National plans to amend the Marine Reserves Act to prevent DOC being both the applicant and decisionmaker over marine reserves and also give fishers a direct say in the decisions and location of marine reserves.

Emissions Trading Scheme

Labour’s emissions trading scheme will add significantly to the costs of the fishing industry. Fuel is a major cost in operating boats, and the scheme’s additional burden will undermine the viability of the New Zealand fishing fleet. National sees it as unfair that a 90% allocation of carbon credits is available to all other trade-exposed sectors such as steel, cement, and aluminium manufacturing, and for the dairy industry, yet only 50% is available to the fishing industry. Fishing should be treated the same.

National will amend the ETS legislation to provide for a 90% allocation to fishing.

Shared Fisheries

The chief value of having a healthy recreational fishery shared with the commercial sector is the joy and freedom that every Kiwi family can experience going fishing with success.

Such a heritage can be passed through the generations without diminishing the property rights of commercial fishers who need quota allocation certainty in order to contribute to one of New Zealand’s biggest and most important export industries.

A National Government will better manage shared fisheries by honouring the current law’s commitment to recreational and customary fishers’ foremost allowance, as well as encouraging all sectors to resolve together how best to share the resource.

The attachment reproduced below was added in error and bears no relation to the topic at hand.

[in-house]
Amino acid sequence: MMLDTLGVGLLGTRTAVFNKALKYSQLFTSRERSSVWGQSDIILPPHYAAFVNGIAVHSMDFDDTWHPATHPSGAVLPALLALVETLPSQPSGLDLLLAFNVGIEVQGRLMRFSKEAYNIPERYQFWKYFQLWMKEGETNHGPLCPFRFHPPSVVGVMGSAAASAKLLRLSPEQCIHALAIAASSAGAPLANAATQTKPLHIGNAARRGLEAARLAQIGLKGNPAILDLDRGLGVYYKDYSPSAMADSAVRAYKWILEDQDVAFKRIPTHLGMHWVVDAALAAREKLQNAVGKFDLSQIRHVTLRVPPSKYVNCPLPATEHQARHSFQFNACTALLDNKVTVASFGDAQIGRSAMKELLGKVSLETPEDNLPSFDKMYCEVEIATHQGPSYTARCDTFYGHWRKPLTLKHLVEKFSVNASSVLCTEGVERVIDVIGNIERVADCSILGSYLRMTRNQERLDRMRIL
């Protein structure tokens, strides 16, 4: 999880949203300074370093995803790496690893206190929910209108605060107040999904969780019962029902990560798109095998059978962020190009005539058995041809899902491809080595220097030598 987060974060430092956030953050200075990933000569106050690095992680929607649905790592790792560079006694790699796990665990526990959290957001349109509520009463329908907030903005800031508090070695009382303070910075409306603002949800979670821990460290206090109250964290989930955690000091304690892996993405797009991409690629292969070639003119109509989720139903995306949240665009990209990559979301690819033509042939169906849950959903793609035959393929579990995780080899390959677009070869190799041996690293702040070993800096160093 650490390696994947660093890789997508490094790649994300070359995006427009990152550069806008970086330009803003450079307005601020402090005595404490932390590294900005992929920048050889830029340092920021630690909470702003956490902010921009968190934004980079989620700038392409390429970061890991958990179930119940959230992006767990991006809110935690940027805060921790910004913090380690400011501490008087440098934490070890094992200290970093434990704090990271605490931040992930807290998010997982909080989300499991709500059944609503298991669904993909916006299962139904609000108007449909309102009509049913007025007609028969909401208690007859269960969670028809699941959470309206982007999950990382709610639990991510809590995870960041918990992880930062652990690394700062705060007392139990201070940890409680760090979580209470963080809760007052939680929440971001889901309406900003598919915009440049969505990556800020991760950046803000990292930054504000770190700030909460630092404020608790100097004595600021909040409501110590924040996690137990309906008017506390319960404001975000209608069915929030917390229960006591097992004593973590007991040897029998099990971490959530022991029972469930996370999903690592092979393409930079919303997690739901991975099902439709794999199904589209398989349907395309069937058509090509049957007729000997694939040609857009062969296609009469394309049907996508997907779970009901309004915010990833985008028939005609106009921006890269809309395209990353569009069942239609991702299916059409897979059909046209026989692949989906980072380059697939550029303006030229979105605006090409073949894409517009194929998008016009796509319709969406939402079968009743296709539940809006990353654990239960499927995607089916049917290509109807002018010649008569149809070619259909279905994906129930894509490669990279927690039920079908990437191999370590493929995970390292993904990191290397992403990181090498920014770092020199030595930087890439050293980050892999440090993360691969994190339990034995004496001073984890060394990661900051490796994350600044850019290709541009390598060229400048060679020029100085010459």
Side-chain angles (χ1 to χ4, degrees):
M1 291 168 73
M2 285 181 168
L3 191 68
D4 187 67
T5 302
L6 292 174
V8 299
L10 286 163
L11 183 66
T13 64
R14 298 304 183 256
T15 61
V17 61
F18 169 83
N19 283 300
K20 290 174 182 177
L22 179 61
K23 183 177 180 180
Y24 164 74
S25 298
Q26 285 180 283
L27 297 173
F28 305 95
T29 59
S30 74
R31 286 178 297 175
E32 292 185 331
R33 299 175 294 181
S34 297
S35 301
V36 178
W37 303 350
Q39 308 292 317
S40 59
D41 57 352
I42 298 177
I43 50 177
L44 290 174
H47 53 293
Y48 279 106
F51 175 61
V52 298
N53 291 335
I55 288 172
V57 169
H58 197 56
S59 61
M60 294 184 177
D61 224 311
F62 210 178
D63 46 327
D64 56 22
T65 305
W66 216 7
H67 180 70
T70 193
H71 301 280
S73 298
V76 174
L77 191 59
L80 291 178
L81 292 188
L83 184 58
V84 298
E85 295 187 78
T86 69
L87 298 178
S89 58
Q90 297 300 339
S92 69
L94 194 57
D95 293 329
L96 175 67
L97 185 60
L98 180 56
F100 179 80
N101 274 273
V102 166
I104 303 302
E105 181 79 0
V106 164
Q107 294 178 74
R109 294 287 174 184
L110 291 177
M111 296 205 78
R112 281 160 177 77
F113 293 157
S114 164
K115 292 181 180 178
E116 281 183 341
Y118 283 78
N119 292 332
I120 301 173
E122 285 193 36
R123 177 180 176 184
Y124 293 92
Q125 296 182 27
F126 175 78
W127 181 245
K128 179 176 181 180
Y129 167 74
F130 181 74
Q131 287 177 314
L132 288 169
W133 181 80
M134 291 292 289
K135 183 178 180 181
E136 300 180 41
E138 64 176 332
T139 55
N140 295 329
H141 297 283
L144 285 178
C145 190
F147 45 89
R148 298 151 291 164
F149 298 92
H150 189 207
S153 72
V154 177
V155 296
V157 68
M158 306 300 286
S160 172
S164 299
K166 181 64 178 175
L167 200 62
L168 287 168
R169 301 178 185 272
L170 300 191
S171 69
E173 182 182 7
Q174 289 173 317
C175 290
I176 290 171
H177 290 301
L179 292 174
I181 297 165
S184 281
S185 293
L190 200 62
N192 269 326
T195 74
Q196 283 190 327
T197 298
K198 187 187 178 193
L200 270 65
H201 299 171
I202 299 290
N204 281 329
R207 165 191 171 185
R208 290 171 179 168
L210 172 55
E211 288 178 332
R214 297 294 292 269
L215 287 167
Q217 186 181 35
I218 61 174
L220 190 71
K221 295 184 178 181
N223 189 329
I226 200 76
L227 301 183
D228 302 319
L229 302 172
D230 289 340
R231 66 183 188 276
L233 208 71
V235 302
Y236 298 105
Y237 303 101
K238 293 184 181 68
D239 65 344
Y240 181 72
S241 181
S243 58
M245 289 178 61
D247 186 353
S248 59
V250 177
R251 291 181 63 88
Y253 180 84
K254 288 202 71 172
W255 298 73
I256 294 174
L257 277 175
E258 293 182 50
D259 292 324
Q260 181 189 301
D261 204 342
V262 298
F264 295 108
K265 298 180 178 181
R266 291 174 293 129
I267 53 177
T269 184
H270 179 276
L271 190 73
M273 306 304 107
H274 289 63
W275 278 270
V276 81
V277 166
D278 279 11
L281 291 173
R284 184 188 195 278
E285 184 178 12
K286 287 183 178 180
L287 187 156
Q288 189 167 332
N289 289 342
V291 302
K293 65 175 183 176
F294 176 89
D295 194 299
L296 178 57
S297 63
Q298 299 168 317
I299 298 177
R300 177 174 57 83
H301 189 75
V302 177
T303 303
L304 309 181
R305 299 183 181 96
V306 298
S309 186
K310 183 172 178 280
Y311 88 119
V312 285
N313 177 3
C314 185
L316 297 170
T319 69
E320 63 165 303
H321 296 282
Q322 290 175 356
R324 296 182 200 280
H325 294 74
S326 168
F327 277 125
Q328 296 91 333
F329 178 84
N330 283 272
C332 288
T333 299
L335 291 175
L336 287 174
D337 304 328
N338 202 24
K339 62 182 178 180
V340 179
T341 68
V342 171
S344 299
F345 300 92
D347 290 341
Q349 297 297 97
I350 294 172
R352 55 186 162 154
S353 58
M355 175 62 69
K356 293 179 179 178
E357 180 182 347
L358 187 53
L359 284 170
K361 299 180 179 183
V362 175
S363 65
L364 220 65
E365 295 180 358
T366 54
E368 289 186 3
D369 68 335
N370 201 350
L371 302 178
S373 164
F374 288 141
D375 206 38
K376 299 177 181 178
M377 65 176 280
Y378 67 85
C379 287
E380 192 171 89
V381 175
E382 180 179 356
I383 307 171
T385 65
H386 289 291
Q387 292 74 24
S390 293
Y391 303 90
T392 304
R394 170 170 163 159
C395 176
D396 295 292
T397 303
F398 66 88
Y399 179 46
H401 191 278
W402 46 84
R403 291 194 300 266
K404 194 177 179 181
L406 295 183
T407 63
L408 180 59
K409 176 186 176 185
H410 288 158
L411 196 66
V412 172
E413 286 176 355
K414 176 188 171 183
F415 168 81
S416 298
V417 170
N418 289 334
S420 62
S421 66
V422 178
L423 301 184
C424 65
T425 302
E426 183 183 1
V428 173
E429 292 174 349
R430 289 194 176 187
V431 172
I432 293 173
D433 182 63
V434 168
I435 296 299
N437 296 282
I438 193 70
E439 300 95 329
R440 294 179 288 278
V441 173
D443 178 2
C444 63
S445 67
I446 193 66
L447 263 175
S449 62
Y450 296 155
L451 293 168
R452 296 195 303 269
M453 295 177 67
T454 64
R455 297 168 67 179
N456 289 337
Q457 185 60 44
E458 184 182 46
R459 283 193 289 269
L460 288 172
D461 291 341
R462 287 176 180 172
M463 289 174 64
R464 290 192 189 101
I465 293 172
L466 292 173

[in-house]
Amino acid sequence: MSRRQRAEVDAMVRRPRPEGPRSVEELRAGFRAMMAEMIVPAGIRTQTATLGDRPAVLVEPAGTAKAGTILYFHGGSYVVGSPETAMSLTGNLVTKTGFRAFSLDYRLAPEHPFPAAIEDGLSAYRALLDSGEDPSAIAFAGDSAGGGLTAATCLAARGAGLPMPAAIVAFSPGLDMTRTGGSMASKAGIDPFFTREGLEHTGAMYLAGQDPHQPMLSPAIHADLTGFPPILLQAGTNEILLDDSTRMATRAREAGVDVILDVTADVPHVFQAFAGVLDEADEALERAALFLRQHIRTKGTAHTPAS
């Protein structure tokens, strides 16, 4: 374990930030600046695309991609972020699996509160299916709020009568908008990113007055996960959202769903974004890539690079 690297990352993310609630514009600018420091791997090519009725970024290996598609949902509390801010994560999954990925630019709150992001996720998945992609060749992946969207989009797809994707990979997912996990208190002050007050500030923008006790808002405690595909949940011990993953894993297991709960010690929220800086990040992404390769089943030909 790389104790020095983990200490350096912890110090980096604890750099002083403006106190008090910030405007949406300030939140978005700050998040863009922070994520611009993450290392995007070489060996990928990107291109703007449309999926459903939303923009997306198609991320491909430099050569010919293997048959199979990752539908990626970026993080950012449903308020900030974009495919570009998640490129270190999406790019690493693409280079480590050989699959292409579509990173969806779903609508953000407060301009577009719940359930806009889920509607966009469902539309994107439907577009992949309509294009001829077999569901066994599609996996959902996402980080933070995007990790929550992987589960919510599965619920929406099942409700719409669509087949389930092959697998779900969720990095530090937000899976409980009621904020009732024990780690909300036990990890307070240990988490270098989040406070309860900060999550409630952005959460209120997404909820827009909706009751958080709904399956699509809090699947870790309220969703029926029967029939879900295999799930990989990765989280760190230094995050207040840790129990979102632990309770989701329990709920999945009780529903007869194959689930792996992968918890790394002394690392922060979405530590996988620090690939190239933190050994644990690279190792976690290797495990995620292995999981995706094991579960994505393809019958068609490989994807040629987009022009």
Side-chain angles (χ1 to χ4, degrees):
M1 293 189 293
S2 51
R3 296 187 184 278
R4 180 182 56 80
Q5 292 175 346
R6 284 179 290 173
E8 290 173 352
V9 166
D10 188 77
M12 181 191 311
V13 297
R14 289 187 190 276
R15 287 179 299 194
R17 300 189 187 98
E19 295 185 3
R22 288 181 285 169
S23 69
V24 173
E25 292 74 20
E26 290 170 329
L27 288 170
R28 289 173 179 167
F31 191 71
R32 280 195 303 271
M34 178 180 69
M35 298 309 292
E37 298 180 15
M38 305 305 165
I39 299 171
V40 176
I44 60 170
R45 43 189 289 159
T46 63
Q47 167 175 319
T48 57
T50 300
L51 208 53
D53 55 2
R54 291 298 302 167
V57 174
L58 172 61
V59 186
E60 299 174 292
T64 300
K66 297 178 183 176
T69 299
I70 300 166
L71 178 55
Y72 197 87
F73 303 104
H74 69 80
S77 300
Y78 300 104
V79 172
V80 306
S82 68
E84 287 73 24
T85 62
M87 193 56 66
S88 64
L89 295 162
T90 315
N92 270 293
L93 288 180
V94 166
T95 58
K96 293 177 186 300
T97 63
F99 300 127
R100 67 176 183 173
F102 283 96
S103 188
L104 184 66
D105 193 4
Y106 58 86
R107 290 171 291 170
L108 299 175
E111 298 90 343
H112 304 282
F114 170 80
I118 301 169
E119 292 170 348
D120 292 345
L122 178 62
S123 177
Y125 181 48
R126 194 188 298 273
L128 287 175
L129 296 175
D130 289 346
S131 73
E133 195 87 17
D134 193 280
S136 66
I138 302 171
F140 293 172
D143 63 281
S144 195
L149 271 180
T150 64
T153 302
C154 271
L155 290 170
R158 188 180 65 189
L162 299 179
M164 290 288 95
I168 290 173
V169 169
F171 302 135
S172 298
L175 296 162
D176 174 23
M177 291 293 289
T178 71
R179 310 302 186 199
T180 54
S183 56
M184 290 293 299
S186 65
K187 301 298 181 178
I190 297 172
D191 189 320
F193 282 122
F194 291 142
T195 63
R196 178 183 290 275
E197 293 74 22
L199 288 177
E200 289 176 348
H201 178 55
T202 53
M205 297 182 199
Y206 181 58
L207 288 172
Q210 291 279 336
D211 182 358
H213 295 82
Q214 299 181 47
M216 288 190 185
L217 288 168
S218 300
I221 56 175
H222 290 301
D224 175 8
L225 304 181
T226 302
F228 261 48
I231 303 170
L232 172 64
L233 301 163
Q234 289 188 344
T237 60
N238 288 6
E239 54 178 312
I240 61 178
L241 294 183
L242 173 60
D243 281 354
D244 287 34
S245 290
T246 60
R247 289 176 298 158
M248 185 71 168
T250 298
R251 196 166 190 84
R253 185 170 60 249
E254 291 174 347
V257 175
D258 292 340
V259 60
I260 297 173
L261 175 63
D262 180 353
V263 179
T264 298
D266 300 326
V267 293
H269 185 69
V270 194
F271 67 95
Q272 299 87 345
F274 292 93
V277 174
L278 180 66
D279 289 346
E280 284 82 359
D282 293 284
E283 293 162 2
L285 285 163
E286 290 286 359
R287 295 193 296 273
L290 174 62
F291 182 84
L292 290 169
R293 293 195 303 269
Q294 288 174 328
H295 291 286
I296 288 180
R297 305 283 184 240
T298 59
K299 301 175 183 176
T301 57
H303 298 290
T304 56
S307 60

National will:

  • Not introduce any form of recreational fisher licensing.
  • Facilitate recreational, customary, and commercial agreement on the location of significant ‘recreation-only’ fishing reserves as one way of recognising recreational fishing needs.
  • Commit to well-resourced survey and monitoring work in order to better quantify the total extent and location of recreational fishing catches.
  • Support charter boat operators in developing their own catch recording system solely for the purpose of improving our overall knowledge of recreational catches.

Aquaculture

Prior to the reforms of 2004, the aquaculture industry was strangled by years of moratoria. Worse still, since the reforms, no significant Aquaculture Management Area (AMA) has been created where marine farming did not already exist.

The industry cannot be expected to become a billion-dollar industry by 2025, and Maori will not receive their aquaculture settlement, if the industry is not allocated significantly more water space on which to operate.

The Resource Management Act (RMA) needs to be reformed as a top priority to free up marine farmers from many aspects of the RMA-related aquaculture reforms.

National aims to do this by improving the legislative framework to ensure certainty for investors so the industry reaches its potential. We will pay full attention to the findings of the industry-led review of the current regulatory environment.

National will also allow aquaculture research to be considered outside AMAs, allow farmers to change the species farmed in an area (where two species are broadly similar) without an arduous bureaucratic process and reduce the bureaucracy and cost to applicants who undertake a private plan change to create an AMA.

National also aim to remove the veto of the Conservation Minister over restricted coastal activities and ontinue to support research and development for aquaculture.

September 2008

the Fish Site Editor